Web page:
NAGGW to plant 1 million trees in four years across seven states to achieve FG’s 26 million trees target


From: Bamidele Fashube, Abuja

THE National Agency for the Great Green Wall (NAGGW) has unfolded plans of how it intends to realise the 26 million trees President Muhammadu Buhari pledged Nigeria will plant as part of commitments to reduce climate change impact in the country.

It says the project would be executed in seven states while a million trees would be planted and nurtured for the next four years.

Buhari had recently pledged at the United Nations General Assembly (UNGA) about the afforestation plan as Nigeria’s proposed climate action among other existing on-going plans such as the green bond.

“What is intended is that the programme will run for four years,” Dr. Bukar Hassan, NAGGW Director-General disclosed during an interview.

“It will involve seven states with one million trees a year. A number of factors determine that; availability of land will determine what we can do; the interest of the community and what species they want will also be a factor, as well as the nature and fertility of the land.”

While he advocate strong supports from relevant state governments and individuals, the DG emphasised need to avoid cutting of trees.

He noted that if a tree should be cut down and converted into charcoal or other use, five more ought to be planted as replacement.

Great Green Wall Nursery Site in Sokoto State Photo Source: AgroNature Nigeria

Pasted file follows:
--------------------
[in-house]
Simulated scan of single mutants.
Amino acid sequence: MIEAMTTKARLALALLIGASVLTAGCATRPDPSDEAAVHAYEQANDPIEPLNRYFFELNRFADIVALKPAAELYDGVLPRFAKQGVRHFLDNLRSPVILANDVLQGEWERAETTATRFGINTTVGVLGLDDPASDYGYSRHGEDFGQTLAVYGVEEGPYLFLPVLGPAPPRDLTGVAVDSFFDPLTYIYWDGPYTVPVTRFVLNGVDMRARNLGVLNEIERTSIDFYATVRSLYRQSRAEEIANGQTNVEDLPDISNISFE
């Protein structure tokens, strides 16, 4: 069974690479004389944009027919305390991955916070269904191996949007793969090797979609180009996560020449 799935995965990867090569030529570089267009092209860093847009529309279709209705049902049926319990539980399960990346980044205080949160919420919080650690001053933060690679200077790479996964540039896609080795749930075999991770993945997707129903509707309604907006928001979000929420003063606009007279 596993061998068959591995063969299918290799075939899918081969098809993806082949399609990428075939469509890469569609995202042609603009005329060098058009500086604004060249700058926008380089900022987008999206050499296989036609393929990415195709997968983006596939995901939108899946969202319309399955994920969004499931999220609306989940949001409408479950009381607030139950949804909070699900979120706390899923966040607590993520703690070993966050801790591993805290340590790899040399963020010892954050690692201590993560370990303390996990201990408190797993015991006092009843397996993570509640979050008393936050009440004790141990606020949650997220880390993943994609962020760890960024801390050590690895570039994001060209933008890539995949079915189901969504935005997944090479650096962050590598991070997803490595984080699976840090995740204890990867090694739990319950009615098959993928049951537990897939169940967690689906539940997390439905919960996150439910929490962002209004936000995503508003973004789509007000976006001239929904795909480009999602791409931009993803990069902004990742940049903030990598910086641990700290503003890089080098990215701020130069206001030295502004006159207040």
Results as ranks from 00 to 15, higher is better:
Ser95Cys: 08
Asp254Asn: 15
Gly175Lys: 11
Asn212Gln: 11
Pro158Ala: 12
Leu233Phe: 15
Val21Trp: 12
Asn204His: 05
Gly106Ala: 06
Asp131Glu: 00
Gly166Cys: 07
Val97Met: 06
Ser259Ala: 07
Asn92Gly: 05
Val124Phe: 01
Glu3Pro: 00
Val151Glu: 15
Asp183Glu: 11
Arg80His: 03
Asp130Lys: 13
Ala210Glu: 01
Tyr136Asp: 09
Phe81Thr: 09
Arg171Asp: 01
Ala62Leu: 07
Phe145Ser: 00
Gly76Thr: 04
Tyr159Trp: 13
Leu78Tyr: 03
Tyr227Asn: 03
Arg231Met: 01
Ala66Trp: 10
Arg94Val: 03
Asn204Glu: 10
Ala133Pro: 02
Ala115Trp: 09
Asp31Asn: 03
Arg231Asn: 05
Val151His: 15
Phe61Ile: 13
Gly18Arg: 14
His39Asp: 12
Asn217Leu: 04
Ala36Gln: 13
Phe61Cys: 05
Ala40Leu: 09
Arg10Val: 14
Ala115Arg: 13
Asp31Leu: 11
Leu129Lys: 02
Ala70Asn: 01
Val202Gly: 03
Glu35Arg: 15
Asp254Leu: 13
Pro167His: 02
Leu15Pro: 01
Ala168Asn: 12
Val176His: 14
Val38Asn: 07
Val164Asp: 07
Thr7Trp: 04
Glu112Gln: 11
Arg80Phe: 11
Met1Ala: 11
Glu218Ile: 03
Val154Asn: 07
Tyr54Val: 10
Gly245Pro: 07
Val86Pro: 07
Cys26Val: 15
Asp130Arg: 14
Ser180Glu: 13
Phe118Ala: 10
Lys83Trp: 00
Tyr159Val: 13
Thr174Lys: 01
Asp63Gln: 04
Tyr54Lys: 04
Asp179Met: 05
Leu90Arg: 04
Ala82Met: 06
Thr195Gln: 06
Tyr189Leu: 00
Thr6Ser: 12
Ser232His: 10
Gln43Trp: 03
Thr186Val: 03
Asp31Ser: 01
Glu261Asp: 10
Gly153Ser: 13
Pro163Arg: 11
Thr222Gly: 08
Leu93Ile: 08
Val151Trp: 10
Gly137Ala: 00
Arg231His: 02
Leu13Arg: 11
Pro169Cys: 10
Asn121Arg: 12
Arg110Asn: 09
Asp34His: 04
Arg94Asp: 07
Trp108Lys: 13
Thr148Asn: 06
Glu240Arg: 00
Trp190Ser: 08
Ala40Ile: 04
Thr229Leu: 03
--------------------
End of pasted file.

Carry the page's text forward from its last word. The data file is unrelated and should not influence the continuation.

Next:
Great Green Wall Nursery Site in Sokoto State Photo Source: AgroNature Nigeria

According to him, places such as Yobe that lacks normal rainfall and had to strive to get water would need to be supported with proper water facility such that the local communities could take ownership of the project as tree development takes a long gestation period.

He said, except these measures are taken and a strong legislation against deforestation is also enacted, desert encroachment could spread to other states in the country, particularly the food basket of the nation.

“For such a person, you have to help him to plant a tree by providing water source for him to irrigate because it probably rains two months in the whole of the year, so the tree cannot grow. But in other parts of the country, they have what it takes to plant and nurture to grow.

“We want a situation whereby legislation should be done to ban this charcoal thing. Believe me, that is the number one culprit in deforestation, and if we don’t do it, maybe in decades to come, places like Benue, Plateau, middle states will be like Yobe because it is very uneconomical as far as trees are concerned. A bag of charcoal may need up to two or three trees to fill it,” Hassan noted.

The DG also revealed that monies are being released for the project execution since 2019, and efforts are on-going to work with the state and local government officials.

The state officials, he noted would serve as desk officers for the project while representatives from the local government authorities would be brought on-board.

“…contributions will come from institutions, states and the federal so that we will be able to achieve more. However, you will also be able to help us in getting down to the communities and the act clearly states that we must establish institutions at the state and local government levels,” he noted.

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